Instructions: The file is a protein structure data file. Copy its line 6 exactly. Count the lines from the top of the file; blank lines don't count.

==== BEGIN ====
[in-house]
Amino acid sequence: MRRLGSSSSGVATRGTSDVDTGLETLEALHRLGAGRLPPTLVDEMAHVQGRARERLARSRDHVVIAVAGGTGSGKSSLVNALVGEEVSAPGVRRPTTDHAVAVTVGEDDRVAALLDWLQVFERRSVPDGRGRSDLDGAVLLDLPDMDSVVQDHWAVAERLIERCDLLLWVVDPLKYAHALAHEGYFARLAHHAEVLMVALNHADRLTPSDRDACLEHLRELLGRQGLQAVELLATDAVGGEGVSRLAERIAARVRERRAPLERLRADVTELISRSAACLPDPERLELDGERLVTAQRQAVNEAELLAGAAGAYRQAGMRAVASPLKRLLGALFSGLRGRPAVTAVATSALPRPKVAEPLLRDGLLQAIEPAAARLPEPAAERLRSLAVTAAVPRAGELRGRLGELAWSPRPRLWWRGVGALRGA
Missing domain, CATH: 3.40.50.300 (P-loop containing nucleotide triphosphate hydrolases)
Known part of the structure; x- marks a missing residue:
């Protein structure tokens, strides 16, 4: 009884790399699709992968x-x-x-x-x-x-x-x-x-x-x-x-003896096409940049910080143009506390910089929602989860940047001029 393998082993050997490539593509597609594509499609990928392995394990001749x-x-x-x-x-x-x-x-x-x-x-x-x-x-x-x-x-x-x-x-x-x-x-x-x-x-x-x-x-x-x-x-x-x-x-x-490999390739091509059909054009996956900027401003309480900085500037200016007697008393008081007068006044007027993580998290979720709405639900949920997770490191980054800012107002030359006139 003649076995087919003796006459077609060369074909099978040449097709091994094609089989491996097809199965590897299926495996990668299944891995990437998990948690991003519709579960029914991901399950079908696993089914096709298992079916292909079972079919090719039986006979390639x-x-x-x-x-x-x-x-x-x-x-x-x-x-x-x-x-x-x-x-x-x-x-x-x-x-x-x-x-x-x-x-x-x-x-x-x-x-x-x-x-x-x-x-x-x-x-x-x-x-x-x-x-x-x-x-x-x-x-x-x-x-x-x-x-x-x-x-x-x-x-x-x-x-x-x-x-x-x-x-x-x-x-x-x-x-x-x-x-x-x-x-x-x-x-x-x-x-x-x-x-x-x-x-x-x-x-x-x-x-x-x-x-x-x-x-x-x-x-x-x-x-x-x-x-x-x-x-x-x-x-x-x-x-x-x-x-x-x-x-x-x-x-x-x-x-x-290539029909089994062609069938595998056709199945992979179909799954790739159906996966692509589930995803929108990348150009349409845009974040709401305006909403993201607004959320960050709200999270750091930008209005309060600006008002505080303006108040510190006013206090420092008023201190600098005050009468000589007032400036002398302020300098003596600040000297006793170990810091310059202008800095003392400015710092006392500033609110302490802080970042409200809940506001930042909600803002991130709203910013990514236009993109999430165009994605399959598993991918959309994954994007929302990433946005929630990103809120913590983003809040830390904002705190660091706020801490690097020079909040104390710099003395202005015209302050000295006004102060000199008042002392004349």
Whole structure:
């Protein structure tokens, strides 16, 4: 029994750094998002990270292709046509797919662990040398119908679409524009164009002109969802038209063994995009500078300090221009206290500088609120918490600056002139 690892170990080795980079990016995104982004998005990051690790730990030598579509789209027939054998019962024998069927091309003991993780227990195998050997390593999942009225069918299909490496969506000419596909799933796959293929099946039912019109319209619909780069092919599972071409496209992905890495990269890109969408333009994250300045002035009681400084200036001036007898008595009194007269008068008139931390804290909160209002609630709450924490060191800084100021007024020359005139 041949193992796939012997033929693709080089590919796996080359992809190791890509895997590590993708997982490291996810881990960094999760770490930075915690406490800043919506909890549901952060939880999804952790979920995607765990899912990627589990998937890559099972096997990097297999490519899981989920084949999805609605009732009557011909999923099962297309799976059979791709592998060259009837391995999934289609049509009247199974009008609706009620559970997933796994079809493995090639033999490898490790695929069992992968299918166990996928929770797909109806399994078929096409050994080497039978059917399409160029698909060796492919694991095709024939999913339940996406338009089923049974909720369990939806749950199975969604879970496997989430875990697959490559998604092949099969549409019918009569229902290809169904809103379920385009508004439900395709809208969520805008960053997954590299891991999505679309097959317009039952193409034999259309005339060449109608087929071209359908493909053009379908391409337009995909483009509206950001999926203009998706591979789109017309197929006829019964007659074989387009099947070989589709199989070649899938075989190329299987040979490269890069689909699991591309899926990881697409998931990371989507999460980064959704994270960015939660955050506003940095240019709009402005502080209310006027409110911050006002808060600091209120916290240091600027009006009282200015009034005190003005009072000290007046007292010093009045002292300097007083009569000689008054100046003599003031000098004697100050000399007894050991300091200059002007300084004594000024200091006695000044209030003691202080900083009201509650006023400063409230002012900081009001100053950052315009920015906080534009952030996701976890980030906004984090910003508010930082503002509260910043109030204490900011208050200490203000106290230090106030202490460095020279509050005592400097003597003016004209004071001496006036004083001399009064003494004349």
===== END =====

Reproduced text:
Whole structure: